Elden Ring Pre-Review Views Review

A rant about Elden Ring, and the bits I don’t like very much.

I haven’t actually finished Elden Ring yet. When I do, I’ll probably do another writeup on the game. Right now, I’ve played about 70~ hours across various characters, and also a bit of the Seemless Co-Op Mod. My furthest character has about 44 hours on them, just around level 80.

I’m mentioning all of this to give a bit of context. Usually I don’t do writeups until one of three things happens:
1. I finish the game.
2. I quit the game with no intention to return.
3. The game doesn’t have an end/win condition, and is multiplayer, and I feel like I’ve played enough to give an opinion.

None of these situations are true for Elden Ring. I fully intend to complete the game, and despite bits feeling like bullshit, I haven’t quit. In addition, as the game is a single player RPG, it has an end. So why am I writing about it now?

Well, it’s mostly to get my thoughts into writing, and also provide a different opinion on the game than I see most places. The usual take seems to be that Elden Ring is a perfect masterpiece. I don’t think Elden Ring is bad, but I do think that the game feels uneven in tone, and while some parts of it are incredible, others… simply are not.

Bugs, frame drops, and crashes, oh my!

Let’s start with the easiest one to quantify. Performance, bugs, and crashes. On release, Elden Ring was plagued with a massive number of issues. After several performance patches, it is now only plagued with a large number of problems. Playing offline, the game still crashes a ridiculous amount. I was streaming my playthrough for a while. Quite a few of those streams ended when the game crashed, and I couldn’t be bothered to restart it.

If you’re wondering “How bad can it be?” here’s a horror story from a friend. He had beaten most of the game, and gotten to the gate instead of the final boss. He also recently had a kid, and decided to be a responsible parent, and do the last fight later. He went to bed, woke up the next, and found that whenever he tried to load his 60 hour save file, the game would instantly crash.

A patch did eventually fix this, but still.

Content Re-Use

When From Software makes games, they re-use assets from their previous games. This can include enemies, weapons, textures, what have you. And it’s fine, and not what I’m about to complain about here.

What I’m complaining about here is specifically the parts of the game that re-use the EXACT same boss fights. While I’ve generally tried to avoid spoilers, a large portion of the game focuses around reaching and taking down 5 larger enemies. Of these 5, four are incredible experiences, with incredible design and weight to them.

The 5th is a reskin/remix of an earlier boss in the game. It’s an incredible build-up for a massive let down.

And it’s not the only area guilty of this. There’s one mini-boss I’ve seen 3 times so far, and while the area you fight it in changes, it still feels fairly dull to reach the pinnacle of a brand new area, and see something you’ve found before. In general, I’d say the mid game area feels much weaker in this respect.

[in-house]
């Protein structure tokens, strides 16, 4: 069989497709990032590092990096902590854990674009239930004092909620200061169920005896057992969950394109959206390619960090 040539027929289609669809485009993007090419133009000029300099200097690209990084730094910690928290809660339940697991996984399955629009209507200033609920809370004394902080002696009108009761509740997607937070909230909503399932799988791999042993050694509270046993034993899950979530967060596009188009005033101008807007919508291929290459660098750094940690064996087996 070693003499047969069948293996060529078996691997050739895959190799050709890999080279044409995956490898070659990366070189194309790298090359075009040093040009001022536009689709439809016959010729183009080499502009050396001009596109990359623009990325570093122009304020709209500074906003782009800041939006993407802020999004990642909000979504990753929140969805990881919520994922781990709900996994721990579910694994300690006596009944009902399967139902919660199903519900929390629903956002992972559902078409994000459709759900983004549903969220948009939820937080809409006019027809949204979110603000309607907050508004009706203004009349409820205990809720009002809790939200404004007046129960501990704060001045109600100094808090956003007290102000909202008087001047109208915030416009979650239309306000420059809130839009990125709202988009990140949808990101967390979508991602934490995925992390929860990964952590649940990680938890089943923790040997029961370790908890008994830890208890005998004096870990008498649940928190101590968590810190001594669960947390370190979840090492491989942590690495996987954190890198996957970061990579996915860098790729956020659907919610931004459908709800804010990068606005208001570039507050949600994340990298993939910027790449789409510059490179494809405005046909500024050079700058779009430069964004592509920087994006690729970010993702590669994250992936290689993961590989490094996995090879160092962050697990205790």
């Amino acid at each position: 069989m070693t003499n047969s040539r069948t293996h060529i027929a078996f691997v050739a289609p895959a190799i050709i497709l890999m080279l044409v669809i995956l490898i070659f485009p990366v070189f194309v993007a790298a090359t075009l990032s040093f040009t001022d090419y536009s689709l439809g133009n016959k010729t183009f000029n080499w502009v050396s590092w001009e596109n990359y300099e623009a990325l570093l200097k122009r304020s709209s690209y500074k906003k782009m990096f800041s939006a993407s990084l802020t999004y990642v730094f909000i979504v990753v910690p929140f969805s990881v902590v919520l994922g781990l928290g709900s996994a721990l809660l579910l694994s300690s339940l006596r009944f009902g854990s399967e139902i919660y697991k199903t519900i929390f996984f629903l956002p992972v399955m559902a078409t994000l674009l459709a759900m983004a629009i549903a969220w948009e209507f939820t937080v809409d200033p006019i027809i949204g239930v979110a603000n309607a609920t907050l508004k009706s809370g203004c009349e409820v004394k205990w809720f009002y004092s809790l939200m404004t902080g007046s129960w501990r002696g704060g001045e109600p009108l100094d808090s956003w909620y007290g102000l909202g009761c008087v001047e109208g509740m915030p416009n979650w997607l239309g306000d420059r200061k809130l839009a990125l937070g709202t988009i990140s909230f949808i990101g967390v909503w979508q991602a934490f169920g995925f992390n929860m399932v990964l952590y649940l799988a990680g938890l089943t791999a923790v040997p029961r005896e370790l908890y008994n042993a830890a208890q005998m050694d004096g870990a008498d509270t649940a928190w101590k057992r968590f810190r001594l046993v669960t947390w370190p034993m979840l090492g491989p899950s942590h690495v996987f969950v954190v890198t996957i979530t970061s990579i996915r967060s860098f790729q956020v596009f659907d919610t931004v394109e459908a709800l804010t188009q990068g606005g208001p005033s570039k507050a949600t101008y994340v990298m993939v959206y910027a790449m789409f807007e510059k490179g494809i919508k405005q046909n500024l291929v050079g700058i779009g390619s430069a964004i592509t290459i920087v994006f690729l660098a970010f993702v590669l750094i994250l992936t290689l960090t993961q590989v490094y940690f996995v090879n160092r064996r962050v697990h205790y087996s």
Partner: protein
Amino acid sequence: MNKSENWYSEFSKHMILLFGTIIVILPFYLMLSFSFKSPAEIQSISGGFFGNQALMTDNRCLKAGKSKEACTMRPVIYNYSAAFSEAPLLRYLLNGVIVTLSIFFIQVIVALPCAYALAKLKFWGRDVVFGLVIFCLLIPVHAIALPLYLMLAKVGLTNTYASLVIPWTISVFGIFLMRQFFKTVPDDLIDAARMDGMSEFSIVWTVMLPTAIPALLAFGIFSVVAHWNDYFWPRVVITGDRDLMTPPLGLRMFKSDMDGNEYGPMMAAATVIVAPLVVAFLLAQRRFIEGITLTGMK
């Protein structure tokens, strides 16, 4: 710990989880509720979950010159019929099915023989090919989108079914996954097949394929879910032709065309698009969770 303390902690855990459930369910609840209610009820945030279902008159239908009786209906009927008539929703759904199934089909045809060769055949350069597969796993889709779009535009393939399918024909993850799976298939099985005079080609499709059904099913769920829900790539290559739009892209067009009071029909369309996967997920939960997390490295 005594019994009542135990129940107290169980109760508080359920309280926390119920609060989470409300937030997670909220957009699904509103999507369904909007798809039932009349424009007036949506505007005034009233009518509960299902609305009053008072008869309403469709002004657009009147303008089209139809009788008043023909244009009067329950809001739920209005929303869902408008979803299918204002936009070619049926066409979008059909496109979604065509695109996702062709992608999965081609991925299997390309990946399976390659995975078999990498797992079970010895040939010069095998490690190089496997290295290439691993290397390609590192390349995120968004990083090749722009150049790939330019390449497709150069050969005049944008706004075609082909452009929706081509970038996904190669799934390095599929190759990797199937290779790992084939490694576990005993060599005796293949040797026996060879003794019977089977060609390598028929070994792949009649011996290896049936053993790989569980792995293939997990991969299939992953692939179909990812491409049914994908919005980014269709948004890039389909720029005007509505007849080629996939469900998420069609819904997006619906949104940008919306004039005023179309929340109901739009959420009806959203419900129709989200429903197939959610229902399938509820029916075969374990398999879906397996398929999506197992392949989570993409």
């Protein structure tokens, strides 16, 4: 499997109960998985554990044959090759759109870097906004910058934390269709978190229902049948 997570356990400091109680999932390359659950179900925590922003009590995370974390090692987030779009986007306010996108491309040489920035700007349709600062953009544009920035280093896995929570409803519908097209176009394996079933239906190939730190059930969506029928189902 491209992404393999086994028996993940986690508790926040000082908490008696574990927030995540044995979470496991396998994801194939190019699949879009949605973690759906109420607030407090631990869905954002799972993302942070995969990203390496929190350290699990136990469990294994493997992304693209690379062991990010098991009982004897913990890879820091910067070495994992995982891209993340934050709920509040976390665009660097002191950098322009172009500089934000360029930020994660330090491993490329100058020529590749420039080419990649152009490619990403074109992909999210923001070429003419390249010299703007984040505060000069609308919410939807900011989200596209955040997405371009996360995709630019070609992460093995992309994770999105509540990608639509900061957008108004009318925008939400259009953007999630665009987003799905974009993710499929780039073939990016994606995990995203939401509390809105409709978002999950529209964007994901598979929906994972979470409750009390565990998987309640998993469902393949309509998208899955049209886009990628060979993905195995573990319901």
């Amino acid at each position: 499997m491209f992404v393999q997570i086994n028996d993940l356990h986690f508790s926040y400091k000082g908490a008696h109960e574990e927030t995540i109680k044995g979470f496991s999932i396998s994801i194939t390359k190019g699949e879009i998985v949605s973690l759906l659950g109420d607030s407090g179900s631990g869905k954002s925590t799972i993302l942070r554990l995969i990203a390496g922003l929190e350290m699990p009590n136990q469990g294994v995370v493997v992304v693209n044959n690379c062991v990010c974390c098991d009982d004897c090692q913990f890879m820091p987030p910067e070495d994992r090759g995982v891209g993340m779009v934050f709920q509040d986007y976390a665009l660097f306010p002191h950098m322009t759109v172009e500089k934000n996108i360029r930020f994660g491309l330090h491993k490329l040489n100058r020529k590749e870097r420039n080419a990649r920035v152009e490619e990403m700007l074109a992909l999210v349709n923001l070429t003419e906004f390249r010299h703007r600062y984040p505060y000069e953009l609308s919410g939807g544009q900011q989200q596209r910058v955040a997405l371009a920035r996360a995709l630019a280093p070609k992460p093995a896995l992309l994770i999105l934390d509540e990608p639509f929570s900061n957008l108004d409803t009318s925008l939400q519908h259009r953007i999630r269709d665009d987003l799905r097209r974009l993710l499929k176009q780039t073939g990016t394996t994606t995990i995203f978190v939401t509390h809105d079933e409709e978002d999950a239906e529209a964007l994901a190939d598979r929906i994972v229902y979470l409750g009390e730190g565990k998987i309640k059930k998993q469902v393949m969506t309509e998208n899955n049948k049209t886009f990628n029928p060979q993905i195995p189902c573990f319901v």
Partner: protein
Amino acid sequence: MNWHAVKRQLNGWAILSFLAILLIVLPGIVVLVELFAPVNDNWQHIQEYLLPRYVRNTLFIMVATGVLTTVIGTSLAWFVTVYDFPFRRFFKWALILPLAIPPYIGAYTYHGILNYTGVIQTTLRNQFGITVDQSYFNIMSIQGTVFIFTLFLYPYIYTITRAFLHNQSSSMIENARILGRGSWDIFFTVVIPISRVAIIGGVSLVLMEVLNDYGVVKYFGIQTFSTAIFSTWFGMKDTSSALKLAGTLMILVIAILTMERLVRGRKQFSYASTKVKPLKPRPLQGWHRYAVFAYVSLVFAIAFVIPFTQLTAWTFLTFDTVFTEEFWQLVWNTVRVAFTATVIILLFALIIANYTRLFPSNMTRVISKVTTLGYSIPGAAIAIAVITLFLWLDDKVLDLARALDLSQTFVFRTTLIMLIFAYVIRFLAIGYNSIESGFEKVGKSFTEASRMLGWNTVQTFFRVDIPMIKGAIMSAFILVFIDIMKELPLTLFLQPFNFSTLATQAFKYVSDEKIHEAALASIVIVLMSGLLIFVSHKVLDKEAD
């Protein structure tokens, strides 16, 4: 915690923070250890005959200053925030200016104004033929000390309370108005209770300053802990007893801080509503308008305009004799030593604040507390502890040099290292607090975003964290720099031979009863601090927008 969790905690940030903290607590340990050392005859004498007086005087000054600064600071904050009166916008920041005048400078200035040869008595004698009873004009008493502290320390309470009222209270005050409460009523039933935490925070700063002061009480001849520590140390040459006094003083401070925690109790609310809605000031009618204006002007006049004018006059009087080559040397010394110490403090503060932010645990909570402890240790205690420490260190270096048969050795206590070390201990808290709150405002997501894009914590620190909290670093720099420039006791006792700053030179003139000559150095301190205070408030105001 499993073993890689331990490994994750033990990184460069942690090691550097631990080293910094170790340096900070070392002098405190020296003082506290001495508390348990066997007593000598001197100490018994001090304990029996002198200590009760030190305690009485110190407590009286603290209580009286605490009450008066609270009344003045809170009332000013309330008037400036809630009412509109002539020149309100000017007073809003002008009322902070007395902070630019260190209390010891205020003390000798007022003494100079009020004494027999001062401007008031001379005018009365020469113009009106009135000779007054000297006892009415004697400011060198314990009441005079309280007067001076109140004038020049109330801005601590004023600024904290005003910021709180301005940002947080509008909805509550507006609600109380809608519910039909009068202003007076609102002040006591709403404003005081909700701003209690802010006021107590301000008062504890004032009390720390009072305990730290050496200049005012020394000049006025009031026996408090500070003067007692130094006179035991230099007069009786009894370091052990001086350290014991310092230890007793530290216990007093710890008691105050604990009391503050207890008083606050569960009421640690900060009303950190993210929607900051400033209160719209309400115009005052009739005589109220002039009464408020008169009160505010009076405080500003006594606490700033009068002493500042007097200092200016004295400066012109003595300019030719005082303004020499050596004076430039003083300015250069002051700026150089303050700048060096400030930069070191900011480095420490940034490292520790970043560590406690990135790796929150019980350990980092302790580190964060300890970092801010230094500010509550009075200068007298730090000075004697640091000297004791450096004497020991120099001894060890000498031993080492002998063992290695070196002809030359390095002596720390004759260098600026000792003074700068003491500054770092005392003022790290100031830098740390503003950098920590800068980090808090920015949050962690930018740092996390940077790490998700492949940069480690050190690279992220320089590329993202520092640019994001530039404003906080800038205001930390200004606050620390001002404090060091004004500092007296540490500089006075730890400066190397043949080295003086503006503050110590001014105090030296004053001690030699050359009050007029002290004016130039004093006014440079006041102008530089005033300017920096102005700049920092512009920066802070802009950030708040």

A Winding Circular Pattern

The last thing I want to quickly cover, because I’m not sure I’ll get to it in my actual Elden Ring writeup, is the general flow of the game. Having Elden Ring be open world is an interesting choice. On the one hand, it means that if you find yourself smashing your head into a wall, it’s possible to explore and find other objectives, or do something else.

On the other hand, it makes it much easier to get lost, or fail to find a particular location. The in-game map is beautiful and clever, but also not always the easiest to read. And when you do get stuck, it’s hard to tell if you need to Git Gud, or Git Going somewhere else.

The end result that my Elden Ring playthrough has a pattern to it:

  1. Get to a new area.
  2. Run into a hard boss, or be unclear on how to progress.
  3. Explore more, trying to find a way to go forward.
  4. Find more roadblocks.
  5. Thrash around with multiple deaths to either hard boss, or roadblocks.
  6. Get frustrated, and stop having fun.
  7. Start trying random garbage, or run to random places.
  8. Finally figure out a way forward, or a way to beat a boss.
  9. Go back and clear areas/places from step 4.
  10. Get to a new area.

    This has happened to me about 4 times so far. But perhaps more importantly, Step 6 in this process can be a few hours long, and it’s incredibly non-enjoyable.

In Conclusion

Elden Ring is good. But I don’t like how the game seems to get near universal acclaim when there a quite a few spots that could be heavily improved. I’m willing to cut From Software some slack on things like their open world design, as it is their first open world game. But the incredibly poor technical performance, and boss-reuse? Not so much. This isn’t an inexperienced indie studio. Elden Ring is a synthesis of years of design and planning, and a literal synthesis in some cases of old ideas, and cut content from their previous games. It’s good, it’s worth playing, but it could be better.